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  1. Brithack


    Thanks, Andiesenji, for clearing up my question - in advance! - about whether you can freeze beef fat. I've had some in my freezer for a fortnight and I only put it in on the assumption that nothing happens to the fat on a frozen steak after it's defrosted, but I wasn't sure if it would be OK - had a vague feeling of worry about it. Now I am - thanks again.
  2. I second Rowley's No Place Like Home. There are SO many seasonal cookery books out there doing a very fine job, but Rowley's is the one I return to and cook from most often.
  3. OK so I might be being very dim here. I've got some lovely recipes for short ribs but I can't find them anywhere - even Lidgate/Ginger Pig-type places say they just don't cut them like that. But you must be able to buy them somewhere. I've never eaten them and would like to try. Am I just being stupid and not calling them by any Anglicised name they may have? Anyone have any ideas? Thanks!
  4. And I agree with BOTH of you! I don't want to stuff it from a culinary point of view, but I'm worrying about leaving it empty from a festive one...!
  5. Hope this isn't on the wrong thread, but I'm having goose on 11 December for friends (trying to loosen the tyranny of parental Christmas three-line whip). I've done goose before and, though it's a fairly big deal to drain all the fat, I'm not worried about roasting it. My question, though, is can anyone convince me that there is a stuffing that 'goes' with goose? I think any pork-based stuffing, or indeed breadcrumb-based forcemeat, far too rich. I once tried an apple/prune/onion combo with no binder, but I didn't think that worth the trouble. So at the moment I'm not stuffing the goose. Unless anyone has a good idea? Any help much appreciated, as I'm already going to be lynched by my friends for banning sprouts. I think there'd be a mass-defection if they find there's no stufing either.
  6. Harrods told me a couple of weeks ago it's not open until 21 Nov - is it open already, then?
  7. About the risotto cakes - if you chill the risotto, then roll it into balls around a chunk of mozzarella, then breadcrumb it, you can deep fry them. They're wonderful like that - and Marlene has top-notch deep fryer as we know from her onion-flowers.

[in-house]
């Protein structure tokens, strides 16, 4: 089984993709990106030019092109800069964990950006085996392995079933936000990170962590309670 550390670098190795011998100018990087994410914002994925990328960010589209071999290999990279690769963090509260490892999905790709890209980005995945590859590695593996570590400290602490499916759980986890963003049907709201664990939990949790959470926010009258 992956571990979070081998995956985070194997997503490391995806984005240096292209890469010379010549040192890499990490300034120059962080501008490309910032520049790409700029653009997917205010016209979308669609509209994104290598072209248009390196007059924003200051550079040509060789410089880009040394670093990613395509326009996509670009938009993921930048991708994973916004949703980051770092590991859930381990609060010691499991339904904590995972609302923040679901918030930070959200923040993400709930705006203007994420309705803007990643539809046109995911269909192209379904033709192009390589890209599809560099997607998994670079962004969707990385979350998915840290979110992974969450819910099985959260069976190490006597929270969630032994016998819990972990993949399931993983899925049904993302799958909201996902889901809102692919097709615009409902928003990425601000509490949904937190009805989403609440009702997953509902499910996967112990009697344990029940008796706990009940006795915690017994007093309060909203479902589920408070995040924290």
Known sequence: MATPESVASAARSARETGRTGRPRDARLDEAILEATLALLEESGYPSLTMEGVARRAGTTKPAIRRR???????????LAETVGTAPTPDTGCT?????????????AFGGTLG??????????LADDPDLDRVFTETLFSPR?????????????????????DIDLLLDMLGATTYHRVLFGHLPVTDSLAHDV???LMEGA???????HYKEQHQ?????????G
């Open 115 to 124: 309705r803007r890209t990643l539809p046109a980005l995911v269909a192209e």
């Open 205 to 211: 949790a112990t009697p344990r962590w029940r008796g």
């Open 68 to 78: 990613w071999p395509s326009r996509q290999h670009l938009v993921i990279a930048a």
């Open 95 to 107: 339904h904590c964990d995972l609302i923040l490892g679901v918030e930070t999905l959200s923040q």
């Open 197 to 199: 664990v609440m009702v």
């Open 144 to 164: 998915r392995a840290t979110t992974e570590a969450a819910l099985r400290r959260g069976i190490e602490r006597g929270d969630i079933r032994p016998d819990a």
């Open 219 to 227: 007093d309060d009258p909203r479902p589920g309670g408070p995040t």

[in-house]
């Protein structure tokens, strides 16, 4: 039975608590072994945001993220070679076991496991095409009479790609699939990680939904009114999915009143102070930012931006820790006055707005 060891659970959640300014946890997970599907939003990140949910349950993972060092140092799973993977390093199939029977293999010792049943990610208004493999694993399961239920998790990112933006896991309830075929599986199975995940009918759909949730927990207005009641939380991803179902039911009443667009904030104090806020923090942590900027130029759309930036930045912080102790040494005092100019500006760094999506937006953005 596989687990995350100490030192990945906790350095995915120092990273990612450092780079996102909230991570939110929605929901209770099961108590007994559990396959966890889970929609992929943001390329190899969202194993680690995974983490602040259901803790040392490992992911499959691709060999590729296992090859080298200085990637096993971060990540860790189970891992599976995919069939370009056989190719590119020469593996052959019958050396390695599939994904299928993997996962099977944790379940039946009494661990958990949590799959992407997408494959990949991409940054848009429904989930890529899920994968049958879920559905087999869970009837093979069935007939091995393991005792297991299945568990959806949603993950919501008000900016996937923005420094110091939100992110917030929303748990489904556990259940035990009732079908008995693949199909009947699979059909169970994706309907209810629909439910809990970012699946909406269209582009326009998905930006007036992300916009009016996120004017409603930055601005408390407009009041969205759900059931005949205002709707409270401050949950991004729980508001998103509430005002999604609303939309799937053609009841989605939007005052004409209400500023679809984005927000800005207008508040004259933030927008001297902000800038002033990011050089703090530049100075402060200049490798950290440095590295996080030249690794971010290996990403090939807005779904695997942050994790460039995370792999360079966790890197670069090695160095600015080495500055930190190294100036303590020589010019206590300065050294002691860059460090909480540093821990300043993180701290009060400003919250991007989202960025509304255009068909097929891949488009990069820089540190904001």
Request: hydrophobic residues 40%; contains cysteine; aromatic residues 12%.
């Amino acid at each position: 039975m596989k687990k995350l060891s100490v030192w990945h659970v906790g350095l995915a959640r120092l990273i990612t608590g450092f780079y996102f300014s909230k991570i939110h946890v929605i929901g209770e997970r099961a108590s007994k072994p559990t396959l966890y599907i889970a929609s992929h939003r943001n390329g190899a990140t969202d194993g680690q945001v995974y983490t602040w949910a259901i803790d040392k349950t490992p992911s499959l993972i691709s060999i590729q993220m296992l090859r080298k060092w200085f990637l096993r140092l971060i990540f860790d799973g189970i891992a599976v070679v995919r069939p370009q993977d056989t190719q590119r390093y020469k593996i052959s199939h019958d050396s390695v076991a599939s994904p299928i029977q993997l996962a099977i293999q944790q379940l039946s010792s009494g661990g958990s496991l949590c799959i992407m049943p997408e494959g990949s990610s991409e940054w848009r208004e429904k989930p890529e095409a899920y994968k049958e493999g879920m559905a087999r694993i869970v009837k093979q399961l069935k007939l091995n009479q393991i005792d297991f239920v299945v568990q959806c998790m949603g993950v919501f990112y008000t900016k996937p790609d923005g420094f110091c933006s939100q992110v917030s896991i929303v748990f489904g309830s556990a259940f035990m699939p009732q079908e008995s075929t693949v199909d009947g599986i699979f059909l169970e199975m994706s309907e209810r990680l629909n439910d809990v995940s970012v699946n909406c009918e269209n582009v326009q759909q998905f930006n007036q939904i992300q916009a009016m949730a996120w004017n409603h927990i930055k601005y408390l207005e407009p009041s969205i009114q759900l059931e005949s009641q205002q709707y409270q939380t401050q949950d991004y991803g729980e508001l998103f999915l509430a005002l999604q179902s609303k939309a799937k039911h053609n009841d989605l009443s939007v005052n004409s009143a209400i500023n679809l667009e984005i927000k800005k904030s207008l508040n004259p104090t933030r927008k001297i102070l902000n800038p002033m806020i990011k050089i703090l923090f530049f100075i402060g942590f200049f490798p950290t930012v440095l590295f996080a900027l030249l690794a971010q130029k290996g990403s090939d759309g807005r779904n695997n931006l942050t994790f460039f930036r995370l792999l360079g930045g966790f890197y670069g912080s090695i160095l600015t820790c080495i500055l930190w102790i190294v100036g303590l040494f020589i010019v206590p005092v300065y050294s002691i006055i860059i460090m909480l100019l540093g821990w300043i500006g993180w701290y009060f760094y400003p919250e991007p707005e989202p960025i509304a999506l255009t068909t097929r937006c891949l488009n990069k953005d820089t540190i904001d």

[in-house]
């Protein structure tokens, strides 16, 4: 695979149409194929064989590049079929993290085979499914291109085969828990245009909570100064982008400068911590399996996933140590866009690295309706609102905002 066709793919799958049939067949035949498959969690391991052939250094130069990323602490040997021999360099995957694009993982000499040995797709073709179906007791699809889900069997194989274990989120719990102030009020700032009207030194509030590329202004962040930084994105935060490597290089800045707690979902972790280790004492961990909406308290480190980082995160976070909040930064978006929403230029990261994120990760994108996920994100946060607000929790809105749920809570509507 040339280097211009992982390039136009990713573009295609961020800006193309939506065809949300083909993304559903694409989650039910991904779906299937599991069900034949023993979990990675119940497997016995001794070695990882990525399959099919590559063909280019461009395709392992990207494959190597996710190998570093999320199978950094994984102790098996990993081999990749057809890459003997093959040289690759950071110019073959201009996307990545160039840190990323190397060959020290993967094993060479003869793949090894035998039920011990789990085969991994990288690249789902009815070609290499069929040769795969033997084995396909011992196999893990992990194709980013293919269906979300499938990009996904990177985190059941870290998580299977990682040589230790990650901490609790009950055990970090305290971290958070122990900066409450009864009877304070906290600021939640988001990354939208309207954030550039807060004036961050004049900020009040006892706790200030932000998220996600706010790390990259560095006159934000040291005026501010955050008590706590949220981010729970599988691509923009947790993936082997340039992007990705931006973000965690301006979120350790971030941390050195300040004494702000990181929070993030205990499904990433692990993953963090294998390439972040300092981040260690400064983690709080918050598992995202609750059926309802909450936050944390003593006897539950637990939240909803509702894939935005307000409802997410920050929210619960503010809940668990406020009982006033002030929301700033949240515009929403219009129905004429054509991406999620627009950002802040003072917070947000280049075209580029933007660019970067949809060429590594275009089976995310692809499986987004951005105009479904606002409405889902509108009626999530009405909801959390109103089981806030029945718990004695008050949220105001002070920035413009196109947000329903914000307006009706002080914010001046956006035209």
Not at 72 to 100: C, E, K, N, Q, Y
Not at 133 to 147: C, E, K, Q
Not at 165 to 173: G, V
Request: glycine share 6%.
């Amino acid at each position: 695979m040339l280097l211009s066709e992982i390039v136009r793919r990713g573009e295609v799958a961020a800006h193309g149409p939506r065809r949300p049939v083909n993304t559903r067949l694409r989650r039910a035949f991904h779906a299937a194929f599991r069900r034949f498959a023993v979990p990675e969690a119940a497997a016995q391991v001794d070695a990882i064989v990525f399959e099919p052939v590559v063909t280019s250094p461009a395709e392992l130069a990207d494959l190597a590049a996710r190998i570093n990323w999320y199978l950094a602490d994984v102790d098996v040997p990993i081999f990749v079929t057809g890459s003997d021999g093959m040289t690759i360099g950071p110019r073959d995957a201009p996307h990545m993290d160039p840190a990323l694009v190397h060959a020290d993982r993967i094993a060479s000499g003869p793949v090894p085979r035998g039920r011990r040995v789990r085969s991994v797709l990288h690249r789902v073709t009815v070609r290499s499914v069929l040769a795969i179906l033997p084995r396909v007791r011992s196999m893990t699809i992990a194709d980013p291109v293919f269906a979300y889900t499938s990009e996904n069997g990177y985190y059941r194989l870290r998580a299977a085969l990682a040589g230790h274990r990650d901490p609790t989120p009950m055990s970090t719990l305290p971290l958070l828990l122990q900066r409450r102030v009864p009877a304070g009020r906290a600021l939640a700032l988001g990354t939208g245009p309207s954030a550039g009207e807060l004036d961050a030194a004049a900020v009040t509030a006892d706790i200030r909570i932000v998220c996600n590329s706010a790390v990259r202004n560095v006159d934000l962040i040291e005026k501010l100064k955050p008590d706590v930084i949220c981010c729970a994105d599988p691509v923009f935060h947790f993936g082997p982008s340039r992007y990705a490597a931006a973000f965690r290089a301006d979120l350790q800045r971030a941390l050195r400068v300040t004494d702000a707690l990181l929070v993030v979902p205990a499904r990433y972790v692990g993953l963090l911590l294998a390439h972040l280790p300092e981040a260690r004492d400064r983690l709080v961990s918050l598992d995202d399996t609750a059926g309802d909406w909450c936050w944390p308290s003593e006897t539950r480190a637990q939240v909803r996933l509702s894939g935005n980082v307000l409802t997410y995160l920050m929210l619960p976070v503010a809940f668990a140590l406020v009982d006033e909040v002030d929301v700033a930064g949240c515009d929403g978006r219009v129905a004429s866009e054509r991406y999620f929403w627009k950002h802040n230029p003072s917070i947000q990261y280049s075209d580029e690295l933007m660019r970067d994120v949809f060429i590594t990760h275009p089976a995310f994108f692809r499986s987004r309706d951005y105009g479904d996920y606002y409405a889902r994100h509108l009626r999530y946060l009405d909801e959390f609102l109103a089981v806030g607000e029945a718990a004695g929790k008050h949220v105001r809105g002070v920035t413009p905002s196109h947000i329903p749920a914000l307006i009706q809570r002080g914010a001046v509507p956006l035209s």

8. Brithack

    Baked Apples

    Mincemeat! Easy and delicious just core apples, open jar, spoon in and bake. Yum.
  9. errrrrrrrrrrrrm, OK - deep breath. this is sort of hard to admit. i've had a mouli-legumes for four years. i've used it once. i'd love to use it more often but i'm pretty sure i'm not using it right. it doesn't seem very efficient. when i turn the handles nothing very much happens. purees come out in dribs and drabs, not in a clean, easy mass. i've tried turning the handle both ways and nothing seems... well... right. any idea what i'm doing wrong?
  10. You could do worse than The Brilliant, 72-76 Western Rd, Southall, Middx 8574 1928; brilliantrestaurant.com - huge place - seats 250. Genuine Punjabi - special award from the Good Food Guide
  11. For Indian I agree Southall's pretty unbeatable - though also fairly hard to get to. For high-end Indian you could try Amaya, though I'm still unconvinced by posh Indians, Amaya and Benares are the best two around I think.
  12. Bubble-and-squeak cakes. Yum.
  13. Not my idea but might help: We've just serialised a book called Dough by a French baker called Richard Bertinet, who has very many interesting ideas about dough - as you can imagine. One of his tip-top priorities is having very wet dough and he explains wonderfully how to handle it and get it elastic without adding flour. You should maybe get the book - I don't know where in the world you are based but in England it's published by Kyle Cathie.
  14. Dear Kim, For what it's worth: YES buy scallops with roes on - they aren't a patch without it, in my HO. At Borough: Ginger Pig sausages Northfield Farm burgers (to eat there) Label Anglaise chickens And whatever veg looks good at Tony Booths. Don't worry with the fruit unless you want niche products (which for you fellow brits means cobnuts blah blah blah)
  15. Brithack

    Dinner! 2005

    Dear Alinka, It may be 'simple' (though the care with which it has been made - the moellet eggs; the beautifully marked toast - suggests a great deal of detailed care), but the two shots are SO magnificent that I'm drooling over this as much as I have over any more complicated meal in this thread - and that's a lot of dinners! You're very talented. Keep posting!
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